Vaidehi Parashurami’s Bollywood dreams are well thought out

The Marathi actor exudes charm and a touch of vulnerability

66-Vaidehi-Parashurami Vaidehi Parashurami | Amey Mansabdar

On 2018, when director Rohit Shetty was casting for Simmba, the third instalment of his cop universe, headlined by the effervescent Ranveer Singh, Shetty was looking for a fresh face to play Singh’s sister. The brief was to find someone who was innocent, yet assertive; versatile, yet restrained. Someone who will hold her own in the character of Aakruti Dave, the rape victim. Shetty recalled the face of a young actor in Laadli, a delightful music video, composed and conceptualised by A.R. Rahman, and sung by Lata Mangeshkar. An ode to the girl child, Laadli became a cult hit and continues to be one of the most widely watched videos on women empowerment. Vaidehi Parashurami, an attractive actress in her 30s, from Marathi cinema, became the face of that video.

I am convinced that I am here to be an artist who can look ravishing and prolific at the same time. ―Vaidehi Parashurami

But when Simmba’s casting agency called Parashurami, she dismissed it as a prank. Shetty persisted, and a month later Parashurami signed her first Bollywood film, which went on to rake in close to Rs400 crore worldwide.

Born in a middle-class family in Mumbai with no background in films, Parashurami, a student of English literature and law, is a classical dancer par excellence. At seven she began training in Kathak, gave her first public performance at 12, pursued a post graduation in the dance form, and began teaching Kathak under her guru, Asha Joglekar. Incidentally, it was dance that gave her a headstart in films―she bagged her debut film, Ved Lavi Jeeva, in 2010, at the age of 17. In the Marathi film, directed by Mahesh Kothare, Parashurami essayed the role of a college student from a wealthy family who stands up to her parents in defence of her love, a mechanic.

In the role of Julie Chitale in the recently released Jaggu Ani Juliet, Parashurami is a treat to watch. She is every bit believable as the charming Chitale who is rebellious, headstrong and independent. Parashurami in real life is diametrically opposite to Chitale. Yet, Parashurami gives herself over to Chitale so completely. Diversity in projects is key to sustaining momentum and enjoying the journey, says Parashurami, to THE WEEK.

“As an actor I am trying different genres and trying to work with good directors. I am convinced that I am here to be an artist who can look ravishing and prolific at the same time,” she says. When I met Parashurami she looked sparkling in a neon pink blazer, which complemented her carbon black denims. Her pleasant demeanour and a cool vibe give off a girl-next-door feel that is impossible to miss.

Films to Parashurami are akin to a ladder; each one being a stepping stone to the next. Every time the director claps action, she convinces herself that she is somebody else and is living that character’s experience so that the role can ring true to her. This is how she prepared for Chitale, too. “I am nothing like her, and that is why it was a challenge. Unlike her, I would never go backpacking. I am extremely scared of doing anything entirely alone, and unlike her I come from a very different background and have had an extremely guarded upbringing. So, for me, to understand Chitale was difficult. But, in the process, Chitale and Vaidehi started exchanging notes and I got a lot of confidence.”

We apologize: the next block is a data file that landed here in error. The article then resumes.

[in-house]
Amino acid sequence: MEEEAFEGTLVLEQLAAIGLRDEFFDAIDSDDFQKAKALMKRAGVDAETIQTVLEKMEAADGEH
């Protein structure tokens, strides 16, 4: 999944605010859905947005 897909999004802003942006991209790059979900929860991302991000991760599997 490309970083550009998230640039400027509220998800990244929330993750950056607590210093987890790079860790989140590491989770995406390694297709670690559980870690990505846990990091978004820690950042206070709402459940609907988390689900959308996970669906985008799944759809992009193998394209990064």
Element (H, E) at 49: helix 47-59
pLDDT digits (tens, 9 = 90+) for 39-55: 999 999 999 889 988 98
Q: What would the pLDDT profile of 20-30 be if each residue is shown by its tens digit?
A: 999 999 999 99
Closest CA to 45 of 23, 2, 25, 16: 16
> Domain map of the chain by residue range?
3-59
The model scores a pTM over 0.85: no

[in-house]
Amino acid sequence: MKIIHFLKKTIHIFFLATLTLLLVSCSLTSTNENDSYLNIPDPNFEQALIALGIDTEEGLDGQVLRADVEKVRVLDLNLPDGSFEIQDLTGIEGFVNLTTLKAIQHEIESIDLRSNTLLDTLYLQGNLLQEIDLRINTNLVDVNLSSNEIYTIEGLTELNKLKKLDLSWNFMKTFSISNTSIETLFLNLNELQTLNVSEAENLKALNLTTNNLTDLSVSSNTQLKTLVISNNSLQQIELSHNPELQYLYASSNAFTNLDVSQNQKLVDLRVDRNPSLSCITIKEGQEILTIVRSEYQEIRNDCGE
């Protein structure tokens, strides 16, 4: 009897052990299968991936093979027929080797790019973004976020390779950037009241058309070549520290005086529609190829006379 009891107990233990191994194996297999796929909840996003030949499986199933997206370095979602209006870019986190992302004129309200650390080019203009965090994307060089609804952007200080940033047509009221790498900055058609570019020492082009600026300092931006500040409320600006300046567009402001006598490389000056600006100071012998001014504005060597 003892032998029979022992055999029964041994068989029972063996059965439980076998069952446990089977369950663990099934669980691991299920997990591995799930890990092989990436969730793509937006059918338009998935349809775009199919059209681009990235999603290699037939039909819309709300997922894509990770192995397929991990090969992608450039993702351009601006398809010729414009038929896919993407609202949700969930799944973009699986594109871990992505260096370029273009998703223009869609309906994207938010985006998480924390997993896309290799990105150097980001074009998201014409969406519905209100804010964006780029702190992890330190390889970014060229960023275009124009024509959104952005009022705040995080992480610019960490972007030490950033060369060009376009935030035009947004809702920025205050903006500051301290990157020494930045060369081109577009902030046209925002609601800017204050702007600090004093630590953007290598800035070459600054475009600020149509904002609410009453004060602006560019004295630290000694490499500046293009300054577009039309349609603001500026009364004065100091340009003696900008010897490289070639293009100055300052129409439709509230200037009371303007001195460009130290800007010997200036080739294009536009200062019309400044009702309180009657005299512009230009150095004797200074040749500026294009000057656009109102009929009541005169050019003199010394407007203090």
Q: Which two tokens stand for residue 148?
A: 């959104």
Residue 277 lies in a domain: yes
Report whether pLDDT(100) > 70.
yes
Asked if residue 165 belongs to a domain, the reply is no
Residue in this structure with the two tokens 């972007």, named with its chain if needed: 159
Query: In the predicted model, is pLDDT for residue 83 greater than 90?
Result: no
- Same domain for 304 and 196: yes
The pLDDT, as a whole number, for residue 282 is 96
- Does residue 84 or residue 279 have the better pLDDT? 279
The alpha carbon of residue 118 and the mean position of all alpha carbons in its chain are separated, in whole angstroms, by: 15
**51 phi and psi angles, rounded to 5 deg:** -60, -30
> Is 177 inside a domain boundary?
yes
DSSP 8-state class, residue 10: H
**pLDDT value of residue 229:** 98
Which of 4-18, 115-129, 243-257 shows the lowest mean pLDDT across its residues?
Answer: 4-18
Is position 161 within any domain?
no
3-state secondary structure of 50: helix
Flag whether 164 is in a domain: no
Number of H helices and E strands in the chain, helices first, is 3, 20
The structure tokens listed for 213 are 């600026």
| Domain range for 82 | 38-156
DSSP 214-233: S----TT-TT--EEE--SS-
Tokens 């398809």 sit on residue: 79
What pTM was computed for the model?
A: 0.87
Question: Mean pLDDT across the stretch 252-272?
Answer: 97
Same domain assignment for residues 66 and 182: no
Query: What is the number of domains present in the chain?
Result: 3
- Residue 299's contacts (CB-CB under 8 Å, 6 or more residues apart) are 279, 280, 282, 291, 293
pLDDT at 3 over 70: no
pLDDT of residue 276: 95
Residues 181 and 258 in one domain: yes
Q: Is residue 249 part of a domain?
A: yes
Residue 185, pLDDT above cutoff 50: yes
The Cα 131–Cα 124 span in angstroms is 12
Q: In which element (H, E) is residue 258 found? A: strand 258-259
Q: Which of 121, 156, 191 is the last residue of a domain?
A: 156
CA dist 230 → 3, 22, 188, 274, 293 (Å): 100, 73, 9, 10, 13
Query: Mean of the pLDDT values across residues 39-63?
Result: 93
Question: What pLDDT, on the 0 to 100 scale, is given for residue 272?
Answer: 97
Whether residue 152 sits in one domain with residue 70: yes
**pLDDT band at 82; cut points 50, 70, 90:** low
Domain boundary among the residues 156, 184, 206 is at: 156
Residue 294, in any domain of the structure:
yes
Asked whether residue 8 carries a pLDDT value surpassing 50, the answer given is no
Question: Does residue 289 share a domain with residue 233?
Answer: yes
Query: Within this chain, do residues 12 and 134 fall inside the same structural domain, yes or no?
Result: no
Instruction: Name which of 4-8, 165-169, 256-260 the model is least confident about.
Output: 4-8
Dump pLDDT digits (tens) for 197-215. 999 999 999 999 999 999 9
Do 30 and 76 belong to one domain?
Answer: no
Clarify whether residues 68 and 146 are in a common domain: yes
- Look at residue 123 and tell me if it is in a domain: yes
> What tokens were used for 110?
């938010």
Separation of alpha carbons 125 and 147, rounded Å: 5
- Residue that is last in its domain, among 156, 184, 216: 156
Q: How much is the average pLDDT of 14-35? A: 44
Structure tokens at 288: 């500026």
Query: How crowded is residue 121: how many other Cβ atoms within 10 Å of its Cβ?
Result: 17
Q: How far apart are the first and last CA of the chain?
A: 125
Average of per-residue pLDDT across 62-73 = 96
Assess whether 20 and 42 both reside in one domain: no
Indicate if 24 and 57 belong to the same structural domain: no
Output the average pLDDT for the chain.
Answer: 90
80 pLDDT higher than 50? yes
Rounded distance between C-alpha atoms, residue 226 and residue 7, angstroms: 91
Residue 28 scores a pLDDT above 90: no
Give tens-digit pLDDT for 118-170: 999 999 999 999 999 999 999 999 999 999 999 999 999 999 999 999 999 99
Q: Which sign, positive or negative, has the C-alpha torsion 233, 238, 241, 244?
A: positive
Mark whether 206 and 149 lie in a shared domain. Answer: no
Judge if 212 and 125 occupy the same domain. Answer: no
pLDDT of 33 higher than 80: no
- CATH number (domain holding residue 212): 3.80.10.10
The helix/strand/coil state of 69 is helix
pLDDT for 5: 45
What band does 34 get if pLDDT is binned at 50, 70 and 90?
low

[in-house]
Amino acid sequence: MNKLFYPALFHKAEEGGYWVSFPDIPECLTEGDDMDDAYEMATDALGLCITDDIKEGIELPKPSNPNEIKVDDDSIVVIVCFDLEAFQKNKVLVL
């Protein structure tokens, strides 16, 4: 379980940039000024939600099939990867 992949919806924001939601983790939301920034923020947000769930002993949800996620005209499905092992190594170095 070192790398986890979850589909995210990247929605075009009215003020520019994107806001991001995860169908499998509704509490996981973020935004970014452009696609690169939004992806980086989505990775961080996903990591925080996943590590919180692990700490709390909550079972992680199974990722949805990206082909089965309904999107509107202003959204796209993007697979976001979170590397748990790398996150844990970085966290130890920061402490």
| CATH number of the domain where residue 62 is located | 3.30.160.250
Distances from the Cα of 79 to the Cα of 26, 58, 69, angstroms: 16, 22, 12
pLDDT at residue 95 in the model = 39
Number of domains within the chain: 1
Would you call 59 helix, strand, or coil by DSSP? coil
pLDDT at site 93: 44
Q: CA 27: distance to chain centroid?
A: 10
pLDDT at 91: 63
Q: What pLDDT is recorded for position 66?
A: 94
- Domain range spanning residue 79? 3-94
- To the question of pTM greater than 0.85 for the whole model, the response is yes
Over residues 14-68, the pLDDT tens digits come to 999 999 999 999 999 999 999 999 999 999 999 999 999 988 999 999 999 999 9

Even if the artist remains in a state of constant conversation with his or her character until a film is done and dusted, the chemistry, in some cases, fails to make it to the final cut, and, thereby, leads to major disappointment, as it did for Parashurami in Wazir (2016). Although the Bejoy Nambiar directed dark detective thriller performed fairly well at the box office, it failed to take off for Parashurami. “For me, it largely went unnoticed because very few of the scenes I had shot for actually went up on the screen,” she says with a sigh. But then after a brief pause, she says, “But I did get to rub shoulders with Amitabh Bachchan, and, that, in itself, was mission accomplished.”

Over the course of nearly a decade, Parashurami has successfully worked with a diverse group of directors, and has essayed scripts that have failed to box her, so far. “My motto is to ensure that every successive film is different from the preceding one.”

At the moment, she is awaiting her next big project on OTT―Shetty’s Indian Police Force.

Parashurami’s Bollywood dreams are well thought out. “The target is to take inspiration from someone like Tabu. One who’s versatile, talented and sensual, one who can have it all, and, yet, remain unaffected. That’s the kind of journey that appeals to me,” she says with a glint in her eye. In person just as in front of the camera, Parashurami exudes charm and a touch of vulnerability. She also conveys striking self-assurance. When she arrived for my interview, Parashurami wasn’t accompanied by multiple assistants; she loves to talk, and to laugh her heart out. “I am just an actor, not an otherworldly creature,” she says.